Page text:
Wednesday News: The Ostrich bill

NC REPUBLICANS DON'T WANT RACISM OR SEXISM BROUGHT UP IN SCHOOL: The N.C. House Education Committee backed a new bill unveiled on Tuesday that prohibits schools from promoting concepts such as the U.S. being racist and that people are inherently racist or sexist, whether consciously or unconsciously. The legislation comes after backlash over the state’s newly adopted K-12 social studies standards and a fear from conservatives that schools are painting white people as being racist and sexist. But Rep. James Galliard, a Nash County Democrat, called it an “anti-education bill.” Gaillard talked about growing up bi-racial and said the bill would hide the nation’s injustices. “This is an act to ensure discrimination, fanaticism, bigotry,” Gailliard said. “This is really a don’t hurt my feelings bill. Don’t tell me the truth about our history because it may hurt my feelings.”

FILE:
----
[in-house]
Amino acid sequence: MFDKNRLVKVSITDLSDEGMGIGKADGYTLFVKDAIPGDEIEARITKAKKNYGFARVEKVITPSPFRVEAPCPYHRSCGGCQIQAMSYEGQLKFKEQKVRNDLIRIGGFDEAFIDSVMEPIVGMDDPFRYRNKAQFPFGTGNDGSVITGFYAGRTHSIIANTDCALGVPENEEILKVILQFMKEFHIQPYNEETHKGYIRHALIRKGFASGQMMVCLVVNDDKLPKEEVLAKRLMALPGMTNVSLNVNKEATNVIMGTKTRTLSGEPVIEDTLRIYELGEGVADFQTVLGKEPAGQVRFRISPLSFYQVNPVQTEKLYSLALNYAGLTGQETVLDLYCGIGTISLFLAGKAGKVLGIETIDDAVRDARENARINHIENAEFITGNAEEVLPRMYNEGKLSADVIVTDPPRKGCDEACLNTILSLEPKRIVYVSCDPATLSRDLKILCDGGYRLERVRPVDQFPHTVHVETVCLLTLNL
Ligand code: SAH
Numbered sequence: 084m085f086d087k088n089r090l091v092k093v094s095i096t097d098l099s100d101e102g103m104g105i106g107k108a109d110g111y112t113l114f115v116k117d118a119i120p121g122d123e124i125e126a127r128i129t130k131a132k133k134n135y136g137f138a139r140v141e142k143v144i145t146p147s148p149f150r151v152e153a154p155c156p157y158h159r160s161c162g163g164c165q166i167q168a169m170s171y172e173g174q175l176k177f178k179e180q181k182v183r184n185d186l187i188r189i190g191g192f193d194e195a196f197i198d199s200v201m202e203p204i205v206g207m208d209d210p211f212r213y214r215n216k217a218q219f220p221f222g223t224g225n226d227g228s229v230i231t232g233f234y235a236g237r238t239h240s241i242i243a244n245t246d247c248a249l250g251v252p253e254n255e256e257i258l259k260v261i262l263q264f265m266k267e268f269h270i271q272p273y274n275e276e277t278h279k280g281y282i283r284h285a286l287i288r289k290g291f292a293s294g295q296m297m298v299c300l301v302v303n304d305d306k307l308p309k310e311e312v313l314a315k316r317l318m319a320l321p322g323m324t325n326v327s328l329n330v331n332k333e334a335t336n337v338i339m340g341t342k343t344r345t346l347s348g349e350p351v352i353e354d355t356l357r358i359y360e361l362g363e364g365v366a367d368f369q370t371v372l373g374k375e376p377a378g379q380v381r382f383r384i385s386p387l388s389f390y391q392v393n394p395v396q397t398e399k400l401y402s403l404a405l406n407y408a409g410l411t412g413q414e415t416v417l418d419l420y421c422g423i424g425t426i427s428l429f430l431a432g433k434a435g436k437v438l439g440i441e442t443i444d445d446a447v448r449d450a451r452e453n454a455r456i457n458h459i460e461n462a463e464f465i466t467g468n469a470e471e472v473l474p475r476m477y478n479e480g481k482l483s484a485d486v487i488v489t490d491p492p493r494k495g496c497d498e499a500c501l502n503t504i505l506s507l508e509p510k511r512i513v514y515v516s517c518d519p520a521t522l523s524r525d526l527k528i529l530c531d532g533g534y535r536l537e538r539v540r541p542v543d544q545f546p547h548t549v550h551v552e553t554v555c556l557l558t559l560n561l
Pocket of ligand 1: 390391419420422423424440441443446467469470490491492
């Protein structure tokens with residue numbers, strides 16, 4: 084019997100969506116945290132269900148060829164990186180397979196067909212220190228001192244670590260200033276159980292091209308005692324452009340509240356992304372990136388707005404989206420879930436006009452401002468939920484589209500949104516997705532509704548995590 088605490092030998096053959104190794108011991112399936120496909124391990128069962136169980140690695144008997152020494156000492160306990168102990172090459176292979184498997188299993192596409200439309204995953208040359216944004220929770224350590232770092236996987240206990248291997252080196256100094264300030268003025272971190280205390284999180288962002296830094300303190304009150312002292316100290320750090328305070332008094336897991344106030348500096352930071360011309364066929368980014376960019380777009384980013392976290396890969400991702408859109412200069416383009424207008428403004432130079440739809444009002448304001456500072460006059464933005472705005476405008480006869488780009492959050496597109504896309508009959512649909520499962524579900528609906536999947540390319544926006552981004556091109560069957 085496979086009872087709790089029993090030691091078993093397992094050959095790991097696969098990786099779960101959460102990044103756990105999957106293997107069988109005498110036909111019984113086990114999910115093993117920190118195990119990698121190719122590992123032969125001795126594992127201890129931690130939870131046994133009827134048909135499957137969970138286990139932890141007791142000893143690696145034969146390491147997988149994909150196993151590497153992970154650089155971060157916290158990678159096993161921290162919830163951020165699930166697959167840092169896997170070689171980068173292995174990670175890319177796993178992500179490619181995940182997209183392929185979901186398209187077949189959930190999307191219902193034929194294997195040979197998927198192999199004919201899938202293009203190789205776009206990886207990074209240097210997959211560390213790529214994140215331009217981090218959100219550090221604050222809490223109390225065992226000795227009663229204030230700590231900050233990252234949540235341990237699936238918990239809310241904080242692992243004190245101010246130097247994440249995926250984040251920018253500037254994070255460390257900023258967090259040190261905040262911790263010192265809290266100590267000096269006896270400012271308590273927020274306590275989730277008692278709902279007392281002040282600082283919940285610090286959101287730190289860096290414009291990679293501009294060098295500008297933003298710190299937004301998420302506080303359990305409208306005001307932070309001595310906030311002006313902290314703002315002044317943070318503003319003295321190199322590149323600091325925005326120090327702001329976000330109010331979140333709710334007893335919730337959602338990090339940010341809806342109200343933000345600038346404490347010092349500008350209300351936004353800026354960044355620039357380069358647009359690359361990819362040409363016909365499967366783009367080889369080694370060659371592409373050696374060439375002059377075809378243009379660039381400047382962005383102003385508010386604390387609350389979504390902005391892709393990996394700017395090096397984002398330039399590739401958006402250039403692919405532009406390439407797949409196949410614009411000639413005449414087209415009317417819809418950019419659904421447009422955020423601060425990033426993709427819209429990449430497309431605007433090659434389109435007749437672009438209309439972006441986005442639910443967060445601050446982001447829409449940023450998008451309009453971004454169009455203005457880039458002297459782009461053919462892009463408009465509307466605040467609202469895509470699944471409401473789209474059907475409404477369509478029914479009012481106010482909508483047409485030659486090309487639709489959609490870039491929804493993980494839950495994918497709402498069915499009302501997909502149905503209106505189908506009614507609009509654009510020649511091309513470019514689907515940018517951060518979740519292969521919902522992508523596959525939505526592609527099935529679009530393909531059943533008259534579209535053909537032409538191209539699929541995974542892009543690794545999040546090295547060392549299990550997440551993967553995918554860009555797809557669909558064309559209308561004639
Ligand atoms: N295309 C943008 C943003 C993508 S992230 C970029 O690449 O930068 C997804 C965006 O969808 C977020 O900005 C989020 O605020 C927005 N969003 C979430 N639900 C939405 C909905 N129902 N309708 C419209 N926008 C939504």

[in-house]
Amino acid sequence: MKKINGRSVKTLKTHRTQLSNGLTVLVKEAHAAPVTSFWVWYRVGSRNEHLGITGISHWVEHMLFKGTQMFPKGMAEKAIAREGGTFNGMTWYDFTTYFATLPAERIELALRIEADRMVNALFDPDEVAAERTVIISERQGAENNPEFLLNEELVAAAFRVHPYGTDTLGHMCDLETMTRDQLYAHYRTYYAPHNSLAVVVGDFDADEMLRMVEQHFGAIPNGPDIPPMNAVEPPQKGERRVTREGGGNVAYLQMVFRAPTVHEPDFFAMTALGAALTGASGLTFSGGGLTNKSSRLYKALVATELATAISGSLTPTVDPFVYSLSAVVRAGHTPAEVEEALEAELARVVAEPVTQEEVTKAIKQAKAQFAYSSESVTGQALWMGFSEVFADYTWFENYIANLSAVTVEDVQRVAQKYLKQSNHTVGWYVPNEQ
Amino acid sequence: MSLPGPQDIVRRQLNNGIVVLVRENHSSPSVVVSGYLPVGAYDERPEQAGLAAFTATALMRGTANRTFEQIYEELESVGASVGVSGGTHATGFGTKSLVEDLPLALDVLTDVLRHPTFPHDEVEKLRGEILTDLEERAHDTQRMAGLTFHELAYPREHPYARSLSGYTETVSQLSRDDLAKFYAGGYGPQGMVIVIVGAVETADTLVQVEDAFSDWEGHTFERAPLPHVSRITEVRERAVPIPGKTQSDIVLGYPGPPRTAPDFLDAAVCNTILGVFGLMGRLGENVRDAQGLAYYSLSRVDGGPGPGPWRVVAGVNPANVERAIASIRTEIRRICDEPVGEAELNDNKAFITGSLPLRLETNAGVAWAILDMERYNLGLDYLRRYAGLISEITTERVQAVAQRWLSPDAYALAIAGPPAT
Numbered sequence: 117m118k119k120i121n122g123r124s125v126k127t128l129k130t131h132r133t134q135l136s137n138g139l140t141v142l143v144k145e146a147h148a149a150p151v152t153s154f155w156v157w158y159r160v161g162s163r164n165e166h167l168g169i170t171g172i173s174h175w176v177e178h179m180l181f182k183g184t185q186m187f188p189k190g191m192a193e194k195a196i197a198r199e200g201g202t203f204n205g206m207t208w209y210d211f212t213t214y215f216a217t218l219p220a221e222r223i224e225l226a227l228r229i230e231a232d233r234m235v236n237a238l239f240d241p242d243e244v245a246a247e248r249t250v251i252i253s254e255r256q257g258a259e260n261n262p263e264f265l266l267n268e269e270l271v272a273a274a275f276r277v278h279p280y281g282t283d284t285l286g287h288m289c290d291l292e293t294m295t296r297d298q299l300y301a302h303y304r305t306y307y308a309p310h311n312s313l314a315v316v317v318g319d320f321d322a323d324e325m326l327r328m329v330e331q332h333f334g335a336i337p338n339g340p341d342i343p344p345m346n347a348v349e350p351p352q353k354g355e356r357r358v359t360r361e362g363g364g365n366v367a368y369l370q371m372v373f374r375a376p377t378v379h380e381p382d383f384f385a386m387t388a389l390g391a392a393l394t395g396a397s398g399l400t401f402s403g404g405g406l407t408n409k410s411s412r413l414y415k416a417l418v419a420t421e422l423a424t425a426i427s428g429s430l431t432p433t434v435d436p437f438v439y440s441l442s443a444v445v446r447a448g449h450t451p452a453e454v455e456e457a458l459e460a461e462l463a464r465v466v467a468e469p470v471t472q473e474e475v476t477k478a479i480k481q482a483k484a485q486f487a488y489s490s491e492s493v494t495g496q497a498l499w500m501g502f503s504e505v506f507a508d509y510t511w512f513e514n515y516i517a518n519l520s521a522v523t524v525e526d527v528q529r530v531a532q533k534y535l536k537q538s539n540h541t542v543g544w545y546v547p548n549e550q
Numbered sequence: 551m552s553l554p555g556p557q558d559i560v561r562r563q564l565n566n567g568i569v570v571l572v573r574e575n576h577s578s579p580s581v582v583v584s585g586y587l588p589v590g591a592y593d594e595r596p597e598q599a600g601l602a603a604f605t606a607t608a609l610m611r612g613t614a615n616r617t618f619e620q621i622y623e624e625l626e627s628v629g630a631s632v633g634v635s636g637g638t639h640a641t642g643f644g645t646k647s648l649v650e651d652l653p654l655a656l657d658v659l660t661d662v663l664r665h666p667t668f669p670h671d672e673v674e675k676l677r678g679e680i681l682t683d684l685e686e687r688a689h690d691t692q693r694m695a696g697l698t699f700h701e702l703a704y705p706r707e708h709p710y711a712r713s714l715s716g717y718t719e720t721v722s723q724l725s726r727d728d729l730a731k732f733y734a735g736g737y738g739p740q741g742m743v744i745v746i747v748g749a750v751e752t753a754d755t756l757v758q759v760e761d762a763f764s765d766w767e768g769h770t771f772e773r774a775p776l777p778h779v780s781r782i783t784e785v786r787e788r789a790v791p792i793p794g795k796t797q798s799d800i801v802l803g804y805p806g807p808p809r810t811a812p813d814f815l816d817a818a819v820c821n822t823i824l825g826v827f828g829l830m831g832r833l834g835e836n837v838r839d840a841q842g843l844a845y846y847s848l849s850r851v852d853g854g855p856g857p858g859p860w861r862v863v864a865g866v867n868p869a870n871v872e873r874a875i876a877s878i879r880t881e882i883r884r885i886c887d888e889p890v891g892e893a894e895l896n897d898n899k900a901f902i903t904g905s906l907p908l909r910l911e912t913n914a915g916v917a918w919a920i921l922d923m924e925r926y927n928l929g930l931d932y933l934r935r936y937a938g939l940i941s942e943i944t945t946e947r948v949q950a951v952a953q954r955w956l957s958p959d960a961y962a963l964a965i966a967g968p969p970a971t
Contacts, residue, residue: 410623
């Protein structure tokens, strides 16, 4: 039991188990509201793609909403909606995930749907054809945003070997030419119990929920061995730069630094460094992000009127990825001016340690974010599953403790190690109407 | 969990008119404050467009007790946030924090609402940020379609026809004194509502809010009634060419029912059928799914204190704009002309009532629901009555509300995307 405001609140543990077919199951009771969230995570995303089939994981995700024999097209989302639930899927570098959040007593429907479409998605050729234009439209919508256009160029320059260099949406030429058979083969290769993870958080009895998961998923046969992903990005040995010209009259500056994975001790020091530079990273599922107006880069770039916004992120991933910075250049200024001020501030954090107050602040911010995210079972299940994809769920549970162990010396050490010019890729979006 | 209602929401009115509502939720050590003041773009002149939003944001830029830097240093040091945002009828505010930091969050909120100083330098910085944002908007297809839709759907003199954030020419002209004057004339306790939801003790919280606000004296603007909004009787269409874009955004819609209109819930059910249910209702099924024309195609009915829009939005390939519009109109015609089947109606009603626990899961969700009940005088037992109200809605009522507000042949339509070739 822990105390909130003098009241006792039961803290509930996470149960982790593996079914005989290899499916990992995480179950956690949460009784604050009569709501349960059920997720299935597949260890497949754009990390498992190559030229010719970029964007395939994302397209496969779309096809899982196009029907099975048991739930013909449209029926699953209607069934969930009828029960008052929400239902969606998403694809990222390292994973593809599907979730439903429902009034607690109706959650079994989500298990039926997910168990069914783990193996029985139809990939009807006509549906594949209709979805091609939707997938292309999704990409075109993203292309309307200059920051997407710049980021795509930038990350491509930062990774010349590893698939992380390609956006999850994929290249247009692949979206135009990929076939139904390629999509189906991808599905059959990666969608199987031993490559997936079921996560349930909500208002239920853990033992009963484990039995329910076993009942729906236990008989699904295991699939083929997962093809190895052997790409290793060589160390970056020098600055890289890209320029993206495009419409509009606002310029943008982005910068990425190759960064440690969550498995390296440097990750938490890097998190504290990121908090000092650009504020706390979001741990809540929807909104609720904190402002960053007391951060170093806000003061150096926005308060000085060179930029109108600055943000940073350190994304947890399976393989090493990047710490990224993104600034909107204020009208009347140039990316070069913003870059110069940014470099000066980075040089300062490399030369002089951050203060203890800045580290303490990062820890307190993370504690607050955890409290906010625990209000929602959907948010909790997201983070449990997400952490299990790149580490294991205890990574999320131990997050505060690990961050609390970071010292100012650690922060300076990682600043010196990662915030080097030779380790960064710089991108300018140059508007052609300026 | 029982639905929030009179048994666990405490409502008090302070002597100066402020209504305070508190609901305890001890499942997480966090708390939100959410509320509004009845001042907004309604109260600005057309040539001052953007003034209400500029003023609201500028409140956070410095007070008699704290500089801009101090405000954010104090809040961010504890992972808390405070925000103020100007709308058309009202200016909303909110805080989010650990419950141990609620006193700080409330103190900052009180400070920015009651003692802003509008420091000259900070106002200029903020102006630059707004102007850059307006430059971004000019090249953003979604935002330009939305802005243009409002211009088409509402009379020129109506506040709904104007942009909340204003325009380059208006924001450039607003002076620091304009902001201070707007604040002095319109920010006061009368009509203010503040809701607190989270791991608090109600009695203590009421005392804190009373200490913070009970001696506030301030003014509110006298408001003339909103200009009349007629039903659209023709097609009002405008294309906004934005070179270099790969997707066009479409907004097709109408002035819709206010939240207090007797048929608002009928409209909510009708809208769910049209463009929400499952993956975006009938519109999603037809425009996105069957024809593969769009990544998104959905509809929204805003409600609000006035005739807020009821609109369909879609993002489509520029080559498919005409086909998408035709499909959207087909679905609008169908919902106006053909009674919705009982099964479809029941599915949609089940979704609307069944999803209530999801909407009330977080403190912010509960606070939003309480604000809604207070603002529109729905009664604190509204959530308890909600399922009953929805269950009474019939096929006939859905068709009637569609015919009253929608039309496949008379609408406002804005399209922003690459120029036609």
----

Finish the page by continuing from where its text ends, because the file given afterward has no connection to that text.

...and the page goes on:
JLF-SUPPORTED BILL TO CONCEAL DONORS OF PACS MOVES FORWARD: In a party-line vote Tuesday, the North Carolina Senate passed legislation meant to guarantee privacy for people who donate to charities and other nonprofits. Democrats raised questions about whether the bill would shield political contributions. Republicans said the measure was a crucially important defense against so-called "cancel culture" and could keep people from facing blowback should their charitable donations to causes their neighbors don't share become public knowledge. A group called People United for Privacy has pushed the issue in North Carolina, along with the John Locke Foundation, a right-leaning think tank. The issue unites some of the left and the right: the American Civil Liberties Union of North Carolina also has backed the bill. Some nonprofits exist primarily as "dark money" groups, spending part of what they collect on issue advertising that figures heavily into political races, Jackson noted. Often, these groups give to each other, moving money around until it's difficult to determine what came from where.